ConvergenceRI: Who would conduct the study? Would it be NOAA, EPA, or DEM?
We have the research capacity here in Rhode Island. So it could be a combination of URI working with DEM, and perhaps NOAA.

ConvergenceRI: How much would such a study cost?
I can’t tell you off the top of my head.

SABATO: When you talk about the impact the federal budget cuts, it’s on the research end where a lot of cuts will be hitting hard. We may lose the capacity to do that kind of research.

ConvergenceRI: At what point do the researchers cry “Ouch” publicly? At what point do you challenge the Governor publicly? At what point do you cross the line? How do you mobilize the local population to speak out and take action?
That’s what we are in the midst of figuring out right now. We’re at a moment in time when a lot of this is up in the air.

ConvergenceRI: Are you considering how Save The Bay can ramp up its advocacy activities? Is it harder today to communicate the sense of urgency than it was in the 1960s and 1970s when rivers were catching on fire?
Or when the Blackstone River was running [tinted] orange, or purple, or red? Or, when raw sewage was washing up on our shores?

This is something that, as an organization, we have done a lot of introspection about. It is all the more challenging because we’ve had so much success.

Just a few decades ago, the waters of the Providence River were an open sewer, and it was accepted as an open sewer. There was an urgency around fixing that problem. There was an urgency around restoring Bay habitats in the 1990s. And, an urgency around preventing catastrophic petroleum accidents along the Bay, when ships ran aground and belched their oil into our waters.

Today, what’s hard is that the urgency, most of it is focused around climate change. The salt marshes that we’ve been restoring all these years now are suddenly under siege from sea level rises.

We are scrambling, working with NOAA, with the EPA, and our other state and local partners to figure out we can help some of our salt marches survive, because a lot won’t survive, they just won’t.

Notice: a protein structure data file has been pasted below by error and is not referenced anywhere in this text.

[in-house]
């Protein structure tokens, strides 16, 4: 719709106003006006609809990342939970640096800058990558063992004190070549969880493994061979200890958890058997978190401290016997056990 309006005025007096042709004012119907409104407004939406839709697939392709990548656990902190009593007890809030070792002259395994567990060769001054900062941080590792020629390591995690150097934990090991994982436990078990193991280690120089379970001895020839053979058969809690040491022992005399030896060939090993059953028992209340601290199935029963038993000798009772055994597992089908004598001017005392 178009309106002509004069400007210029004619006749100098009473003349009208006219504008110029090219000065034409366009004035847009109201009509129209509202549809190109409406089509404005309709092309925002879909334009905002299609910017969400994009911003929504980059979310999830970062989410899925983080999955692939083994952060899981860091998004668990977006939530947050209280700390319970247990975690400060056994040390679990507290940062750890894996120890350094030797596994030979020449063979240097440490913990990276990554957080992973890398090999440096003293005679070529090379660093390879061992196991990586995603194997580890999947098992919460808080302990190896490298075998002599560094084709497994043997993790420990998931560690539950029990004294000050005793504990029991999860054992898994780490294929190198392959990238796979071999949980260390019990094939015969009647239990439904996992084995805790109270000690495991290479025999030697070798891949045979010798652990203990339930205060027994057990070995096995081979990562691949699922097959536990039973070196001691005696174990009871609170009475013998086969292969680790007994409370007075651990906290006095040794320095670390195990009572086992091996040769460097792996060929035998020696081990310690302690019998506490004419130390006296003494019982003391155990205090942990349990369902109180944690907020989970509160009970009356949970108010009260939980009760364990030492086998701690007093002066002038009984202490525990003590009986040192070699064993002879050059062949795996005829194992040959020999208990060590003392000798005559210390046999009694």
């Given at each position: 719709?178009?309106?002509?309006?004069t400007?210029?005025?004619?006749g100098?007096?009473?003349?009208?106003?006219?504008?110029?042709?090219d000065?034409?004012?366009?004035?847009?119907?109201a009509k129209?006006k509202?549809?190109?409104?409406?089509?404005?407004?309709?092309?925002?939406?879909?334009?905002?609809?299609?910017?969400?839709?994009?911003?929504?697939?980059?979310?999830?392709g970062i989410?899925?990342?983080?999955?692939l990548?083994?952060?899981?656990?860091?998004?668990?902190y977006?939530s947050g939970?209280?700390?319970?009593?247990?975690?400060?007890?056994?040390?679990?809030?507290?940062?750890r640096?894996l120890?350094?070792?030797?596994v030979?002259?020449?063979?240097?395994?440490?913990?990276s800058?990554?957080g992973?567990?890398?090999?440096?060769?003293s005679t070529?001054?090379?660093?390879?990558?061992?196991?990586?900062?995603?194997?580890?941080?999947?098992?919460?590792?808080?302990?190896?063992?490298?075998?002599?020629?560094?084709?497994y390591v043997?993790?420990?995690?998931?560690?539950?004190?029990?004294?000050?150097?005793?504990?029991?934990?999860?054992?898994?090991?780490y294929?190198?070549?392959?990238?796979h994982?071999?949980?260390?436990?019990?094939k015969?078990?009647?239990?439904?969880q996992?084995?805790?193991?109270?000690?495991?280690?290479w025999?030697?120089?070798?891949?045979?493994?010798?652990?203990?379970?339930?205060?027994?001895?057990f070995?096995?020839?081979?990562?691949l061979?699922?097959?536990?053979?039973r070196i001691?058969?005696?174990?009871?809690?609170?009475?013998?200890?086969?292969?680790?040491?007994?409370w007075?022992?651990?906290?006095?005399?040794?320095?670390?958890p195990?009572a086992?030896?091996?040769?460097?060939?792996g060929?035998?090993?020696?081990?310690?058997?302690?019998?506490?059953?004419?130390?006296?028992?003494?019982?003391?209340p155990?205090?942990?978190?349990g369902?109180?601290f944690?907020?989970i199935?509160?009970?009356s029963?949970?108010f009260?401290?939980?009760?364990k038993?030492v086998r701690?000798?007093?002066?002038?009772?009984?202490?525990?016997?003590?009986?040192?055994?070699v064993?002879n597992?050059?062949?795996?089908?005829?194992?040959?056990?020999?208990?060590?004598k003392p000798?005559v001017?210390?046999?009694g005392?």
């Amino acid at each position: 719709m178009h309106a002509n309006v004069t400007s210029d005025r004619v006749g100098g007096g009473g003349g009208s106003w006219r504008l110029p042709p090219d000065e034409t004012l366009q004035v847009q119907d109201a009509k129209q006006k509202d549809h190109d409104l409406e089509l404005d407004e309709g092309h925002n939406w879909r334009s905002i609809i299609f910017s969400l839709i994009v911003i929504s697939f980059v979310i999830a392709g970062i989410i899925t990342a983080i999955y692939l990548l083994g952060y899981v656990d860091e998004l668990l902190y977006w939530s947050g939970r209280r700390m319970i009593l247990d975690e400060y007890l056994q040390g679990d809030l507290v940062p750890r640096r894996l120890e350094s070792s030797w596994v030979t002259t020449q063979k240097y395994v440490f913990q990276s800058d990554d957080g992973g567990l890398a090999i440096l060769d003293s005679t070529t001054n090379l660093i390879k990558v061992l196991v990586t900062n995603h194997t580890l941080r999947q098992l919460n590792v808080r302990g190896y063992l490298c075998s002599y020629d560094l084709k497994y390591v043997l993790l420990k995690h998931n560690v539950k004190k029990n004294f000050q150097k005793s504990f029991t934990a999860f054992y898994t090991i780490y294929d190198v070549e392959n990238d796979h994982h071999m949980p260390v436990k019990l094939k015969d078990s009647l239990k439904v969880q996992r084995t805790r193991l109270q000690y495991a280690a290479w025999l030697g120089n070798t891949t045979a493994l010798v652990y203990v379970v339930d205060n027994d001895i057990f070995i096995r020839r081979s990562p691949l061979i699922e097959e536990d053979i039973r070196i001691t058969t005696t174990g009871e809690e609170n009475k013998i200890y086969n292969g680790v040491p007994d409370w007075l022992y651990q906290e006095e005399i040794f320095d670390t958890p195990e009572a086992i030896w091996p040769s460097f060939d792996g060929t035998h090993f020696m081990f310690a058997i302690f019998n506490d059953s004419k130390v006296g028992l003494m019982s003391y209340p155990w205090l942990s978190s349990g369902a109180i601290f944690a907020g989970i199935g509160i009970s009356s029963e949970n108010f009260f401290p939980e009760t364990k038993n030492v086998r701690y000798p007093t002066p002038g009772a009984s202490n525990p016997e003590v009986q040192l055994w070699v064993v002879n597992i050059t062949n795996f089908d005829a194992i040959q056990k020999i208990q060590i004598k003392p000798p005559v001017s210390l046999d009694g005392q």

We are in danger of losing some of our public access as our shoreline erodes and erodes.

Many people feel like the Bay is cleaner, that we’ve done a great job at Save The Bay. But the issues today around climate change, where there is an urgency, are more complex and not so easily solved.

SABATO: And not so visible.

HAMBLETT: We monitor for dissolved oxygen levels, but we often don’t know that we have a problem until we see a fish kill.

I think that the real urgent issues facing the Bay used to be much more obvious; now they are much more complex.

SABATO: And it does make it that much harder to communicate.

ConvergenceRI: Have you reached out to the public health advocacy groups?
The constituency for Narragansett Bay is significant. It’s everyday citizens, all the people involved with fishing, shell fishing, tourism, hospitality, to name a few.

We do think we need the General Assembly. We can’t let them off the hook. They have a responsibility as our public servants to take care of the Bay.

We have a bill in place, proposed by Rep. Deb Ruggiero, to add funds to the habitat restoration fund, which is currently funded at $250,000 a year. We want to double that, to $500,000 a year.

We also want to create a new fund, it would be about $1.5 million a year, to assist coastal communities in dealing the impacts of climate change, such as eroding shoreline and the loss of public access, for example.

India Point Park is a wonderful place, but it is caving in, on the eastern end.

ConvergenceRI: Is that known?
The city of Providence knows about it, because our staff has been working with them for a long time. It is caving in on the eastern end, across the water from Tockwotten. There was an old coal dump there, among other things, and it’s just caving in, because the shoreline is eroding. Something needs to be done to preserve that as a public access.

ConvergenceRI: How would the additional funding be secured?
We’re talking about $2 million a year in total for habitat restoration and to help communities protect their shorelines and adapt to climate change.

The funding source is from something called OSPAR – the Oil Spill Preparedness and Response Fund, which was created post North Cape oil spill, when the General Assembly put a five-cent fee on each barrel of oil imported into state waters.

We are asking that the fee be doubled to 10 cents a barrel, and it would generate about $2 million; all of the additional revenue except about $250,000 would go into this new community fund, the climate change adaptation fund.

The bill is H-5808. This is a real-life policy response to very serious threats.